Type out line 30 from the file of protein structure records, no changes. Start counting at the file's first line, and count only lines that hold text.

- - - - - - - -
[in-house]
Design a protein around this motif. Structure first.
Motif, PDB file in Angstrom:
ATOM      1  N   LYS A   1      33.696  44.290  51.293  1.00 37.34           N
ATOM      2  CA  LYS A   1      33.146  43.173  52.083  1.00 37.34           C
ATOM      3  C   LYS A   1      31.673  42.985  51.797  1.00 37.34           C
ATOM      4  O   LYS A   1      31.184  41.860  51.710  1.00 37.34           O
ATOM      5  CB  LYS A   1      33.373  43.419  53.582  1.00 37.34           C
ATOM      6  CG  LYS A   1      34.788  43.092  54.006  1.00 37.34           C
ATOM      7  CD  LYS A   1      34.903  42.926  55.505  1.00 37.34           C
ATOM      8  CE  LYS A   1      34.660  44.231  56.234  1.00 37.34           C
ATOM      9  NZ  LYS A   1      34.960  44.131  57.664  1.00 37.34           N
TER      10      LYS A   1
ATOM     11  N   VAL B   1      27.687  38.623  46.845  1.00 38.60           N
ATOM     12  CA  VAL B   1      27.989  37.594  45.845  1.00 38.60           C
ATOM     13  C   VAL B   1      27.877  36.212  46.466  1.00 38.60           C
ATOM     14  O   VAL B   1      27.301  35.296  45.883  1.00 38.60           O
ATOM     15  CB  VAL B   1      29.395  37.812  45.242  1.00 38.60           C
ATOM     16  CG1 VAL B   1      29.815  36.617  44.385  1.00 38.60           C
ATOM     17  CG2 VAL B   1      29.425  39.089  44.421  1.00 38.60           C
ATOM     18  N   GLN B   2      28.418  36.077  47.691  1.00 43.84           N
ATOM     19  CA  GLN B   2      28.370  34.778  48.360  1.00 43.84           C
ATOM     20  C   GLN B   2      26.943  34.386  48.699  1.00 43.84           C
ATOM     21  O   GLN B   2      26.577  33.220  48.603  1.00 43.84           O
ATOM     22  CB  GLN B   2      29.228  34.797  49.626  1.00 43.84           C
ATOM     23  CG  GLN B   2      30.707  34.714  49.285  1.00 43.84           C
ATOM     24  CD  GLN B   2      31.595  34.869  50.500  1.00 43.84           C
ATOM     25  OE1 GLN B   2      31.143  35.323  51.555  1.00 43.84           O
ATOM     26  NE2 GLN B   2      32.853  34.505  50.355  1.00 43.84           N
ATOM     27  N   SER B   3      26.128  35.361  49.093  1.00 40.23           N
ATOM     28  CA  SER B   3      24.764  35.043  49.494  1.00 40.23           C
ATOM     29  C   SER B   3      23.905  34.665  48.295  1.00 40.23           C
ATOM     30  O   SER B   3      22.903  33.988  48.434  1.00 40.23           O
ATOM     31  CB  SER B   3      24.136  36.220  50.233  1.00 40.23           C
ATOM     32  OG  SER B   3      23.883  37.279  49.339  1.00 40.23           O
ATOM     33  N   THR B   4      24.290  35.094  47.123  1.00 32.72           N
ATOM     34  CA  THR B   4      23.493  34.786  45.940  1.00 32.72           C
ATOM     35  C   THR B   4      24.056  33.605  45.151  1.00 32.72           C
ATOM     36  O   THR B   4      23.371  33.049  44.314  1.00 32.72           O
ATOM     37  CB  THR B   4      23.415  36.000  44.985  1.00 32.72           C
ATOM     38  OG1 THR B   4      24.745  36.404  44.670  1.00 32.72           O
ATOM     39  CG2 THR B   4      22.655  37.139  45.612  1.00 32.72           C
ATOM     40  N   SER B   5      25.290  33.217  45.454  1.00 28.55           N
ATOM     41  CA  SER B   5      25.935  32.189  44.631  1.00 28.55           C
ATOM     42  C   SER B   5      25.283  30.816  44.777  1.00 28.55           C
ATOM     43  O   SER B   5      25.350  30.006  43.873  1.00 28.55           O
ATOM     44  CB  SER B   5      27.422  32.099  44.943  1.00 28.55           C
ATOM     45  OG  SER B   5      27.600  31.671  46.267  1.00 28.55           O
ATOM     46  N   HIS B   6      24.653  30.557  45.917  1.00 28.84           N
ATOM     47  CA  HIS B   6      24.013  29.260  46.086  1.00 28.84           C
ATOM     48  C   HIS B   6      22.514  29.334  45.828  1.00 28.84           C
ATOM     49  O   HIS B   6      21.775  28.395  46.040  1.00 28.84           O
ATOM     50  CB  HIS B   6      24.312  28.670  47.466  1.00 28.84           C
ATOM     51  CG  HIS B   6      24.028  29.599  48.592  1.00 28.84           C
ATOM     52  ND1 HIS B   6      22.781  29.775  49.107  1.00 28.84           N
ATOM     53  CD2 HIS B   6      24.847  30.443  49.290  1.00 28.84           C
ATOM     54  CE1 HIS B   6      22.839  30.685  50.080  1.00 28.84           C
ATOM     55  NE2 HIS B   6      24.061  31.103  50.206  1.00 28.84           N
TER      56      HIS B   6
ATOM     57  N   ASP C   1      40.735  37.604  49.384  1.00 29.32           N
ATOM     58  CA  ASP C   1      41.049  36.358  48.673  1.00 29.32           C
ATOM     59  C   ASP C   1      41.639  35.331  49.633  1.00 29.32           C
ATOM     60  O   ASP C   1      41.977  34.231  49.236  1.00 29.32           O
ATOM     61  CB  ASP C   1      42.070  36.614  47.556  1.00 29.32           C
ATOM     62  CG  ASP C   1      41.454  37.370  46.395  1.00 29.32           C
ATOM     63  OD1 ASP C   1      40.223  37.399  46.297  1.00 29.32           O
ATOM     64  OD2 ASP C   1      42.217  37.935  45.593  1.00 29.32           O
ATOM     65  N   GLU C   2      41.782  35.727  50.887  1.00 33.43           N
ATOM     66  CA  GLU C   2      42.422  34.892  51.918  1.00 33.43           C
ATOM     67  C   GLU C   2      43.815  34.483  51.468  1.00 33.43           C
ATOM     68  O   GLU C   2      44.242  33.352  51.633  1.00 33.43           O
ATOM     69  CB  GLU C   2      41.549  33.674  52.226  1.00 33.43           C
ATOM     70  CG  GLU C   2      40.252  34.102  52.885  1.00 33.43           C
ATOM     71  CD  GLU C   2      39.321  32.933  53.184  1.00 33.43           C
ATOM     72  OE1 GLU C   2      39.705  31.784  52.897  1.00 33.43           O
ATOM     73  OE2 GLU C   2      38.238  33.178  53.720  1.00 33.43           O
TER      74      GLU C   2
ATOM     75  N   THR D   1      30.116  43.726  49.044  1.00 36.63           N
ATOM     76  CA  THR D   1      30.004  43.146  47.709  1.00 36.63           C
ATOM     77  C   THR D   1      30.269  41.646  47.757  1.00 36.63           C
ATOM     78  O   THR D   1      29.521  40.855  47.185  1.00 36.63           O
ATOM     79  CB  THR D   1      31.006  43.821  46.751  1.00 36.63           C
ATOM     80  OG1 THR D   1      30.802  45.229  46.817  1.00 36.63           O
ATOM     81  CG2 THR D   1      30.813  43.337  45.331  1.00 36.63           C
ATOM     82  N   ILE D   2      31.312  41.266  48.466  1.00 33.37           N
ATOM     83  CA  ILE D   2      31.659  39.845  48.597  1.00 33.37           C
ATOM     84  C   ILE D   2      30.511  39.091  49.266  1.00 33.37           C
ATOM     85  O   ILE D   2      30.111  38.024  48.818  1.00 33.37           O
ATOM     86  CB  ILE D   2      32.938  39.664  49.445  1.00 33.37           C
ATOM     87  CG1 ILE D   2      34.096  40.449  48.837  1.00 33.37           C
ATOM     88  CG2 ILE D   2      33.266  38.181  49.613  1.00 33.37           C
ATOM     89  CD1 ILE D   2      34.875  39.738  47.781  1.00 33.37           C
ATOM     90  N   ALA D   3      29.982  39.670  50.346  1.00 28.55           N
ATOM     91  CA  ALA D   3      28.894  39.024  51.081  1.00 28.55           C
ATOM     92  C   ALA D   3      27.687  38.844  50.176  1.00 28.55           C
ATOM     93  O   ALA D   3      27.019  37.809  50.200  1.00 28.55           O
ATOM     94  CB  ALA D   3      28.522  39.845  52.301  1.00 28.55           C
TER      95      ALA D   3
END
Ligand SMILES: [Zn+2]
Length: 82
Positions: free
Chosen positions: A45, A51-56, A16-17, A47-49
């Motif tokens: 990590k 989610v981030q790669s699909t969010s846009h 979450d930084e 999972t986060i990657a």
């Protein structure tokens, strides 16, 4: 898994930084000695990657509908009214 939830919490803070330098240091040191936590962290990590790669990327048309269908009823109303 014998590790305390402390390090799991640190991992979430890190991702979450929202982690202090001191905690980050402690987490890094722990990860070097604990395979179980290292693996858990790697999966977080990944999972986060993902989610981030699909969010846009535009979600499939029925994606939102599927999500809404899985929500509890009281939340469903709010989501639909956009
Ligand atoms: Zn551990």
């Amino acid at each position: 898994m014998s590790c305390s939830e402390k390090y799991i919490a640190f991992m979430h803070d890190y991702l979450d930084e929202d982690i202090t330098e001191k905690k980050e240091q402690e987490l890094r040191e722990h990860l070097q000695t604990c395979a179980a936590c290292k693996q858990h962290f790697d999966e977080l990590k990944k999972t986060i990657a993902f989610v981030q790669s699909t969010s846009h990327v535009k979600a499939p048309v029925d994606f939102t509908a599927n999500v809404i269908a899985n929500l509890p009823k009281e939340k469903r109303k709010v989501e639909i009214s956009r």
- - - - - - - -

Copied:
ATOM     27  N   SER B   3      26.128  35.361  49.093  1.00 40.23           N